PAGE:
Digital Cultures - Digital Diversity
This site is dedicated to the analysis of digital cultures, or cybercultures -- the social relationships that occur in the realm of new media like the Internet, video games, smartphones and other high tech tools.
Few doubt that these new media, linked together as features of Web 2.0, are rapidly changing many aspects of the political, social, economic and cultural lives of millions of people around the world. But what those changes are and what their long-term impact will be are open questions.
Digital culture studies asks how new technologies reflect the wider social world offline, how they create new "wired" cultural interactions, and how those new interactions in turn reshape the real (non-virtual) world.
This site is especially interested in issues of digital diversity. Digital diversity is at once a fact and an unrealized promise. The Internet is a vast web of words, images and sounds made by millions of people all around the globe that certainly reflects a diverse range of cultures and ideas.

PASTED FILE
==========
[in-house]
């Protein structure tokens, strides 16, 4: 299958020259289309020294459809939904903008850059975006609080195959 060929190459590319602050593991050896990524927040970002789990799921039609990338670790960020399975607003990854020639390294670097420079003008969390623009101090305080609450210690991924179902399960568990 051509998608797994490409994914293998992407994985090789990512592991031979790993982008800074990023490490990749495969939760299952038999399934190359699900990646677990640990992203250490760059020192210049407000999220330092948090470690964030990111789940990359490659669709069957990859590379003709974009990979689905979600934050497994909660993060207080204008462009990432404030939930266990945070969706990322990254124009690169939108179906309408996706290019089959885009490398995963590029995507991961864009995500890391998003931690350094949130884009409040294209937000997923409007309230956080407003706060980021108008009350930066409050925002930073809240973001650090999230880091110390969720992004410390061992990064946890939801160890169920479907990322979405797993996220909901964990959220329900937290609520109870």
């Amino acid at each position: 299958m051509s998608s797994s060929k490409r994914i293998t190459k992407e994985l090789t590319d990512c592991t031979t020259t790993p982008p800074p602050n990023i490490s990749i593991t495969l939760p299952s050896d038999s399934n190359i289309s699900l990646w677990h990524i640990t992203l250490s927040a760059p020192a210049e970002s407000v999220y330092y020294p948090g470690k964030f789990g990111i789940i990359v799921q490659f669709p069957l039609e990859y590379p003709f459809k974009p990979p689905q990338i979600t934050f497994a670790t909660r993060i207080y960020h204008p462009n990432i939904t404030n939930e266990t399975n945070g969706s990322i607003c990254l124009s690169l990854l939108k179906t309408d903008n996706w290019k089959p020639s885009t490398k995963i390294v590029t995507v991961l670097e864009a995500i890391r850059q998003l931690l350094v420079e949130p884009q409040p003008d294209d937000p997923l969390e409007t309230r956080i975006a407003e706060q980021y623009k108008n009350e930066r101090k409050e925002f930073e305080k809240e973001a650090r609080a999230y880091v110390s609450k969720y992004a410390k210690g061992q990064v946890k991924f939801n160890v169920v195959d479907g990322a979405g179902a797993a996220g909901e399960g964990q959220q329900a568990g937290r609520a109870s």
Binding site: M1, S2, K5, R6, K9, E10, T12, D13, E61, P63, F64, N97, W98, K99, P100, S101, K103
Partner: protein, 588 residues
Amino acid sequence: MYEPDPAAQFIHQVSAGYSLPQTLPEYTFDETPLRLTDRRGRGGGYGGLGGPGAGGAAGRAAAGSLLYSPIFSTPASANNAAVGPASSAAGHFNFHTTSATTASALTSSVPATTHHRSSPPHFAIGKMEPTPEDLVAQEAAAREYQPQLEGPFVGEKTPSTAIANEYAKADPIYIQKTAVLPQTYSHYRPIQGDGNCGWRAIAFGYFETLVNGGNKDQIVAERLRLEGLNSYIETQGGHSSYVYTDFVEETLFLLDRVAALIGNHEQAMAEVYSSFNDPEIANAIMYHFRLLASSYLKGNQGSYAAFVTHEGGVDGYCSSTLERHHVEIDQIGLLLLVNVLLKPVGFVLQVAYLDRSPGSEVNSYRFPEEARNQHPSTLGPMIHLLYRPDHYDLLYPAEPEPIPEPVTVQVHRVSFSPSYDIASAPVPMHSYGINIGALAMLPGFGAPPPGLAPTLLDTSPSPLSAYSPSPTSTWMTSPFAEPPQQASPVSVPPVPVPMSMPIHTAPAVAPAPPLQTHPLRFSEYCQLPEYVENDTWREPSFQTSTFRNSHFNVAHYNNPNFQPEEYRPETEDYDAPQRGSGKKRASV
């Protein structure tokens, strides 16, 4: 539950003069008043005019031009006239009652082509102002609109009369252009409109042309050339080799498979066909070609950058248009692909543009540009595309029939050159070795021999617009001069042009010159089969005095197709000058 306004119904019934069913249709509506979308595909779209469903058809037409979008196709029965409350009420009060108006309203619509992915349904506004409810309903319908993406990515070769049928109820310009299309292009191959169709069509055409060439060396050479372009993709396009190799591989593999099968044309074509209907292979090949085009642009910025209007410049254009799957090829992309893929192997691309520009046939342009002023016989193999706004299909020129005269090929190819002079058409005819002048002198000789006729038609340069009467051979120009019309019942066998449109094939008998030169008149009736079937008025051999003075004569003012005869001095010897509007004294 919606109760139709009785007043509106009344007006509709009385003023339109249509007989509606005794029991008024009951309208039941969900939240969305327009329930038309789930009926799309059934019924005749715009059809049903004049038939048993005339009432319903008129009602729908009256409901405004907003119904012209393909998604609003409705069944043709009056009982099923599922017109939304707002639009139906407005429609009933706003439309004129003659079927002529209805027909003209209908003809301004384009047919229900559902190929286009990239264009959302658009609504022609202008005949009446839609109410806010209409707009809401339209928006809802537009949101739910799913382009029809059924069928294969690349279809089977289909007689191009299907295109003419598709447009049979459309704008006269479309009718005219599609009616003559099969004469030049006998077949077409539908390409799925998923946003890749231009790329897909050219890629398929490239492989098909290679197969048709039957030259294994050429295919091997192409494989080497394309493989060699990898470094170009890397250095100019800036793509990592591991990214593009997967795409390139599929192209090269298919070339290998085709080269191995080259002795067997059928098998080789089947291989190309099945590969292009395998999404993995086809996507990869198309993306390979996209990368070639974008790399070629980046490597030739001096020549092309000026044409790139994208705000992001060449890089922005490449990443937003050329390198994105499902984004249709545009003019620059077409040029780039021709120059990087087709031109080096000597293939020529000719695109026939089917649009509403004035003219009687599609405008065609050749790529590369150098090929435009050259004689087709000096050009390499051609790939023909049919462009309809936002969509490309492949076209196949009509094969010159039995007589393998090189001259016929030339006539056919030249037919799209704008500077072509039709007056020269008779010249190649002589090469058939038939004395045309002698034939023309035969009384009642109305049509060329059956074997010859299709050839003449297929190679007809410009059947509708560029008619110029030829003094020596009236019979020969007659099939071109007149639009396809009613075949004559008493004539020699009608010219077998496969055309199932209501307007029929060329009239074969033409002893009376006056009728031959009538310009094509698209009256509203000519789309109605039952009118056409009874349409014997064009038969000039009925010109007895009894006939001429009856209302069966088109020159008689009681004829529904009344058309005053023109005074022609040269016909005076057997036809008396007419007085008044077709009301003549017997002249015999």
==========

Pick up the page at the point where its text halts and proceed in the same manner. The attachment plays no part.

On the other hand, data shows that there are vast inequalities of access to these new media, both within and between countries. These inequalities, often referred to by the short-hand term, the "digital divide," involve both questions of access (who is online) and representation (what is online and how truly does it reflect the diverse cultures of the world).
The gap between those who enjoy the benefits of new communications technologies and those who do not is a major societal concern. New media technology have the potential, as yet mostly unrealized, to assist people facing economic inequality, discrimination and cultural misrepresentation.
This site presents a wide array of efforts to overcome digital divides, in the arts, via community technology projects, through digital humanities and social science scholarship, and more.
Online articles and useful web sites, as well as a bibliography of offline resources, are provided that address a range of forms (like video games or social networking sites) and issues (like cyber-censorship or racism). While the site stresses the cultural dimensions of digital inequalities, the best cybercultural studies work presented here recognizes that cultural forces are always entangled with political and economic forces.